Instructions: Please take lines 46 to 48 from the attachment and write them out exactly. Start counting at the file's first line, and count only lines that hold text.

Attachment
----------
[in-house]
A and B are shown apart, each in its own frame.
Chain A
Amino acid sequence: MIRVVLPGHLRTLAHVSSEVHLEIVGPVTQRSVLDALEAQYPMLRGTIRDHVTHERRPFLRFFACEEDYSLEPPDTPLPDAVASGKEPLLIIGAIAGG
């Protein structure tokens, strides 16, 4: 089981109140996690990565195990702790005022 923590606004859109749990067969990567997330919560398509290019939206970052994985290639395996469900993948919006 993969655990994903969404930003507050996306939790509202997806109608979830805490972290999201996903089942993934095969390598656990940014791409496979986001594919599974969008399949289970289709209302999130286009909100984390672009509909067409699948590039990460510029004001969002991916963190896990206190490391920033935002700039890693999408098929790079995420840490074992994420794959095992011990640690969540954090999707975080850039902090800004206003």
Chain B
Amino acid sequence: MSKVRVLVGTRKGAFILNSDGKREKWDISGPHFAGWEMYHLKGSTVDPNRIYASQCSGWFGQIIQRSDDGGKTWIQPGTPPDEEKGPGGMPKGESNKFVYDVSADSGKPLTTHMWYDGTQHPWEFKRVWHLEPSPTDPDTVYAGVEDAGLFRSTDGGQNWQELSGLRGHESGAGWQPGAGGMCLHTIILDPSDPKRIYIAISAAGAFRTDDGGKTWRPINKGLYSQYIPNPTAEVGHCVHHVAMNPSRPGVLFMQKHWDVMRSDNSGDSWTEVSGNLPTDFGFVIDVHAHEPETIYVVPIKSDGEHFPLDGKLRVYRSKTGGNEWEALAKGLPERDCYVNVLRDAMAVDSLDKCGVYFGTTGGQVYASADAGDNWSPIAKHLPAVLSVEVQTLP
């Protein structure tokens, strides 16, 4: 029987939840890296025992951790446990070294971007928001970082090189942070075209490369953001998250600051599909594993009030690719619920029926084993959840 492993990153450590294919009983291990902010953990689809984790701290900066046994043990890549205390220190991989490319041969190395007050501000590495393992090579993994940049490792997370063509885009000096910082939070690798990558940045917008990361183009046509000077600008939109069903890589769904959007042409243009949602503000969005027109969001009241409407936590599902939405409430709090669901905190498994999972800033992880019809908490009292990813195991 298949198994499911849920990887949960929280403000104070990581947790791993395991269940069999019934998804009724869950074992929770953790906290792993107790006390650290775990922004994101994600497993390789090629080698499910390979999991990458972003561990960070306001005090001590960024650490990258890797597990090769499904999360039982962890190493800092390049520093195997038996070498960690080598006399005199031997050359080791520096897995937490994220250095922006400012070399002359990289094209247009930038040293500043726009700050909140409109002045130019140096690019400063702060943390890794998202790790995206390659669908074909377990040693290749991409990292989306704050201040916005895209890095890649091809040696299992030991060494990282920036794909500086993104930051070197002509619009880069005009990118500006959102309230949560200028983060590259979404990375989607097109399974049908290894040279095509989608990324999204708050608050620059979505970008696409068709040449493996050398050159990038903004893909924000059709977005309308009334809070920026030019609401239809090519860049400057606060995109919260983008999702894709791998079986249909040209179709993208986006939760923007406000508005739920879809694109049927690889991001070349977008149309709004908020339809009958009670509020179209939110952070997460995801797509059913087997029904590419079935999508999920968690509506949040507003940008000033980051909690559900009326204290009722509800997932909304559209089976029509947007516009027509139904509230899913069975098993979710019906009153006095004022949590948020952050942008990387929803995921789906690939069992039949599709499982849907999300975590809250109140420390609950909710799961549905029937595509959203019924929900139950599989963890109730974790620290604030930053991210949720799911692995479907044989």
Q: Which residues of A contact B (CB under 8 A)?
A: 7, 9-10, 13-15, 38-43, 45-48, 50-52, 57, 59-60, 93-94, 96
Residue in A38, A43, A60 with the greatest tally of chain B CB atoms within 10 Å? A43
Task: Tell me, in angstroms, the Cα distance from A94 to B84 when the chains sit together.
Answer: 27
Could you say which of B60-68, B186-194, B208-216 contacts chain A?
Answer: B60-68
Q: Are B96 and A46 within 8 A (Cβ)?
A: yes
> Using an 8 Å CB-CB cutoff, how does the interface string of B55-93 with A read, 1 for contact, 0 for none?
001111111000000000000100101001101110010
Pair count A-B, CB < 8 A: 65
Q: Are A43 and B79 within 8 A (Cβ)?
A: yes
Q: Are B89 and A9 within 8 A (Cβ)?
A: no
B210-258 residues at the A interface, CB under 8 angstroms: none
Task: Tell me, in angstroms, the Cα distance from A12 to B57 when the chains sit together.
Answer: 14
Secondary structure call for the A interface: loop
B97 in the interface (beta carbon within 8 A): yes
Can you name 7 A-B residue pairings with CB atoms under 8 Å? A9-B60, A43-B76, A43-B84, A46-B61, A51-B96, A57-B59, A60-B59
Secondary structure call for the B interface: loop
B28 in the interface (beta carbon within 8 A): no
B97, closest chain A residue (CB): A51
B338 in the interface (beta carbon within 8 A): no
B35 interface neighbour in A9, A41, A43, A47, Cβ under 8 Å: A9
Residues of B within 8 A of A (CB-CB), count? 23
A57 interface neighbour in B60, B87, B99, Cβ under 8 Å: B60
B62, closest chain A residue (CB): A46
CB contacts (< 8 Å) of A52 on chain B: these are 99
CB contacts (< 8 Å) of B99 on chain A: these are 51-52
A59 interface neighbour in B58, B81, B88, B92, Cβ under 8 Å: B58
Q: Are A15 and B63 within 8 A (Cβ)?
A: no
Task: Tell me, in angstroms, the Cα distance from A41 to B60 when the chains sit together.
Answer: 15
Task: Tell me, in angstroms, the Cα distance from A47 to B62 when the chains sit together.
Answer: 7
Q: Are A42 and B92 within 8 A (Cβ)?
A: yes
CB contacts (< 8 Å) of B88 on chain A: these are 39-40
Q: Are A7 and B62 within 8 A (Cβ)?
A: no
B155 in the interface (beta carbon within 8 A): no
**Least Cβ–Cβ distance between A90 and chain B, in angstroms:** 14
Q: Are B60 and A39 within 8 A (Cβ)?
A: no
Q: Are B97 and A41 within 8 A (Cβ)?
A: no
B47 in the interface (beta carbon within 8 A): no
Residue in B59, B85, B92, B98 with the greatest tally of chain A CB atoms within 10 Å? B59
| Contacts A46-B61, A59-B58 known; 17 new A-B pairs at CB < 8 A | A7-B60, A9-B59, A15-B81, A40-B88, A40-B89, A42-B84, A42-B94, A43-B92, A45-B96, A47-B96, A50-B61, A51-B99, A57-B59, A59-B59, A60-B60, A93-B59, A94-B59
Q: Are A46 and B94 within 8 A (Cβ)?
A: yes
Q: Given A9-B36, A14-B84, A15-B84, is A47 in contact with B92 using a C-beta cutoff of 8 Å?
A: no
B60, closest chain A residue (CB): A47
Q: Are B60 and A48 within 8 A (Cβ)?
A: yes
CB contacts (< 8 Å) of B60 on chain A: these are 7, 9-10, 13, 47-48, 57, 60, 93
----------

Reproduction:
Task: Tell me, in angstroms, the Cα distance from A47 to B62 when the chains sit together.
Answer: 7
Q: Are A42 and B92 within 8 A (Cβ)?